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F1 Hot News
By Andrew Maitland
October 26, 2004


'04 won't be beaten - Brawn
(GMM -- Oct.26) Six time constructors' F1 champion Ferrari is unlikely to ever match the success of season 2004, technical director Ross Brawn has admitted.

The Maranello-based team won fifteen of the eighteen grands prix since Melbourne in March, topping even the almost unparalleled dominance of two years ago.

''After 2002,'' Brawn said before leaving Brazil, ''I must say I didn't imagine we could repeat that -- but this has been just as good.''








'Well rounded' Coulthard
(GMM -- Oct.26) Unemployed F1 veteran David Coulthard is a 'gentleman,' McLaren principal Ron Dennis said.

The 33-year-old concluded an historic 150 grand prix stint for Dennis' Woking-based team in Brazil, but is desperate to prolong his F1 career elsewhere in 2005.

''We're working on that,'' DC's advisor Martin Brundle revealed in Brazil on Sunday.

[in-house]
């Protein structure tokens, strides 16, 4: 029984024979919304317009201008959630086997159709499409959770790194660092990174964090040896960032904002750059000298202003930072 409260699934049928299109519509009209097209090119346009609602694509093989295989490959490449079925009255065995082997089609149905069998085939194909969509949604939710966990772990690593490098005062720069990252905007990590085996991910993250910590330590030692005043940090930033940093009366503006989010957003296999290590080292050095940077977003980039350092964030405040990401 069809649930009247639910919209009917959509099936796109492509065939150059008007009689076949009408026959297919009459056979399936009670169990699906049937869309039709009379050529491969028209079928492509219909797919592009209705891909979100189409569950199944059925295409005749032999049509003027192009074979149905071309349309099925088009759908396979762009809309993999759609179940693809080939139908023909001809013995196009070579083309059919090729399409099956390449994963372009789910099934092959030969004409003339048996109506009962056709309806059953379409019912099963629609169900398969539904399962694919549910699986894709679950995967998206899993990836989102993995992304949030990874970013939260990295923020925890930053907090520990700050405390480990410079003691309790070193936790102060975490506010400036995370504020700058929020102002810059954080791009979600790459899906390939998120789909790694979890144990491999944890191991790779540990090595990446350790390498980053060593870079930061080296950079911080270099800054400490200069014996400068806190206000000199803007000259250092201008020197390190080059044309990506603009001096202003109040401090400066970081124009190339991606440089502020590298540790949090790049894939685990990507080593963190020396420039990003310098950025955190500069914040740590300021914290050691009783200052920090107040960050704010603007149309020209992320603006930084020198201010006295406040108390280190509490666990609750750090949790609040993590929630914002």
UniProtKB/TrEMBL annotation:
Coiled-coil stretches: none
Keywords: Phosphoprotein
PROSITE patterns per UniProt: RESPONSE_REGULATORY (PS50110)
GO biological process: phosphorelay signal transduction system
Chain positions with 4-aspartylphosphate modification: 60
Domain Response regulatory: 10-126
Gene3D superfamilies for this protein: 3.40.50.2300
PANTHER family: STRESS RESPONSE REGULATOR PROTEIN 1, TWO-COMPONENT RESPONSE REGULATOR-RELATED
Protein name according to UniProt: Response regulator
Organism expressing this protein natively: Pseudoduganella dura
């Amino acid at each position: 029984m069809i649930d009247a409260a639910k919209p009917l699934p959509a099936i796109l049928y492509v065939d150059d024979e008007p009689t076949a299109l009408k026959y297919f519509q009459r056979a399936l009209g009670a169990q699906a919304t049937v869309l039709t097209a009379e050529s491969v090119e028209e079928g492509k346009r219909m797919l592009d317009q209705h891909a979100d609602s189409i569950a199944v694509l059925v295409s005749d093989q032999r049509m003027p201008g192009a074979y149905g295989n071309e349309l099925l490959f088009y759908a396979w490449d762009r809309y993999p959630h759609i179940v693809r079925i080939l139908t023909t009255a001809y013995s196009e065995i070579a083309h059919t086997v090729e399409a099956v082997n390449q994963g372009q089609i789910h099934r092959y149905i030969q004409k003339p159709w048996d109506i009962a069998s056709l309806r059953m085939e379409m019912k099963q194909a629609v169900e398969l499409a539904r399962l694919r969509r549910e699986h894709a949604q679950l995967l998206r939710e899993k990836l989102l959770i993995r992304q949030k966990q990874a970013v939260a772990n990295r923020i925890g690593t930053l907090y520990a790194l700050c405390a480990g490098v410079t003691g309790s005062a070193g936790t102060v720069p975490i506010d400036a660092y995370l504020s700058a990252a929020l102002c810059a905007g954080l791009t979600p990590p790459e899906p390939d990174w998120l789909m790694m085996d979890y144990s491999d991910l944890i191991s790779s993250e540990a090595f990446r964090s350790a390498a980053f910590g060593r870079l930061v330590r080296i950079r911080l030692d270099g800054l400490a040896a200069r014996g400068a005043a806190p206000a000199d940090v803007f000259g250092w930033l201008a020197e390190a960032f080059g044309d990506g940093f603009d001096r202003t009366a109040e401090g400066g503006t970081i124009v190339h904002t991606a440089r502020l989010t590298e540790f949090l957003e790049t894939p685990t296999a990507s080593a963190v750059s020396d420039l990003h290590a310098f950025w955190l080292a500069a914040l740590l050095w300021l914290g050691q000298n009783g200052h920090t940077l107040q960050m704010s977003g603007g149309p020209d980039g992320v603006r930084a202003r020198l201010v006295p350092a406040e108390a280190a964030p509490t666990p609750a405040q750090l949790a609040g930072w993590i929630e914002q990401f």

Ron Dennis referred to Coulthard's podium record as a 'most impressive' statistic.

''Every third race for our team,'' said the Briton, ''he has been on the podium -- that's a pretty incredible achievement.''

The McLaren chief executive also referred to Coulthard's notorious good manners and 'well rounded' character.

He said: ''If I look back, I can think of only a few occasions on which he was annoyed, and I can't ever remember him losing his temper.''








Mexico's back in F1
(GMM -- Oct.26) Mexico will race back onto the Formula One calendar after a 12-year absence in 2006, officials confirmed on Monday.

Construction of a purpose-built circuit near Cancun's international airport is set to commence in January.

''We concluded our negotiations ... with the Formula One authorities on October 7,'' said promoter spokesman Luis Silveira.

Unlike China's more-than $300 million bill for its fantastic new grand prix track, the Cancun circuit - to also be designed and built by German architect Hermann Tilke - will cost about $75m.

The 2006 Mexican grand prix will be staged around October, Silveira stated, but Bernie Ecclestone's FOM assistant Pasquale Lattuanedu hinted that a 2007 debut is perhaps more likely.

Tilke has designed a track layout based on the character M.







Friday to seal Jag's fate